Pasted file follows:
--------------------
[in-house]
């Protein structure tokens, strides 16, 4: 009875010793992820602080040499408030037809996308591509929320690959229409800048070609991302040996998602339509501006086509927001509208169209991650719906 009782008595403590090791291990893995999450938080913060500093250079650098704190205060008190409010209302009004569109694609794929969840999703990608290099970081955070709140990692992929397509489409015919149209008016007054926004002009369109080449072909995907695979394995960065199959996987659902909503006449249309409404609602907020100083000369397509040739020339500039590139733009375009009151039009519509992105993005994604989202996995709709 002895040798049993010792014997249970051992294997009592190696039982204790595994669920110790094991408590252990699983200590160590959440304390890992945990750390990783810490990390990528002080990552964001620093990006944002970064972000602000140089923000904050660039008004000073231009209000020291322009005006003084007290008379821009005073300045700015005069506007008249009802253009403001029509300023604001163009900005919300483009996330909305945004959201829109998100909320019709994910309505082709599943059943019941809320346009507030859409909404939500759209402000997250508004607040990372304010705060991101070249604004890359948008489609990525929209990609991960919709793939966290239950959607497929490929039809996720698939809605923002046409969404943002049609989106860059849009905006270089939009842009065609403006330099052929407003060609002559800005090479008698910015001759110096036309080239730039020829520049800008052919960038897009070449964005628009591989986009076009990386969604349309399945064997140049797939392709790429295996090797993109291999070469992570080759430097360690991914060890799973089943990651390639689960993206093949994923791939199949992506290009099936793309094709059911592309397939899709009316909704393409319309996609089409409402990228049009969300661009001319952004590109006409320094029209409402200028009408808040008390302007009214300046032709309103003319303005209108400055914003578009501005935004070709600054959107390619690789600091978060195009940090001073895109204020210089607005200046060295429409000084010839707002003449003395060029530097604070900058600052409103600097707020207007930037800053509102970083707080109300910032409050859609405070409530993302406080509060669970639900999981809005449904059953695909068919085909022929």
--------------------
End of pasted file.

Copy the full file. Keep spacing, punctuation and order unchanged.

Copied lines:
[in-house]
């Protein structure tokens, strides 16, 4: 009875010793992820602080040499408030037809996308591509929320690959229409800048070609991302040996998602339509501006086509927001509208169209991650719906 009782008595403590090791291990893995999450938080913060500093250079650098704190205060008190409010209302009004569109694609794929969840999703990608290099970081955070709140990692992929397509489409015919149209008016007054926004002009369109080449072909995907695979394995960065199959996987659902909503006449249309409404609602907020100083000369397509040739020339500039590139733009375009009151039009519509992105993005994604989202996995709709 002895040798049993010792014997249970051992294997009592190696039982204790595994669920110790094991408590252990699983200590160590959440304390890992945990750390990783810490990390990528002080990552964001620093990006944002970064972000602000140089923000904050660039008004000073231009209000020291322009005006003084007290008379821009005073300045700015005069506007008249009802253009403001029509300023604001163009900005919300483009996330909305945004959201829109998100909320019709994910309505082709599943059943019941809320346009507030859409909404939500759209402000997250508004607040990372304010705060991101070249604004890359948008489609990525929209990609991960919709793939966290239950959607497929490929039809996720698939809605923002046409969404943002049609989106860059849009905006270089939009842009065609403006330099052929407003060609002559800005090479008698910015001759110096036309080239730039020829520049800008052919960038897009070449964005628009591989986009076009990386969604349309399945064997140049797939392709790429295996090797993109291999070469992570080759430097360690991914060890799973089943990651390639689960993206093949994923791939199949992506290009099936793309094709059911592309397939899709009316909704393409319309996609089409409402990228049009969300661009001319952004590109006409320094029209409402200028009408808040008390302007009214300046032709309103003319303005209108400055914003578009501005935004070709600054959107390619690789600091978060195009940090001073895109204020210089607005200046060295429409000084010839707002003449003395060029530097604070900058600052409103600097707020207007930037800053509102970083707080109300910032409050859609405070409530993302406080509060669970639900999981809005449904059953695909068919085909022929």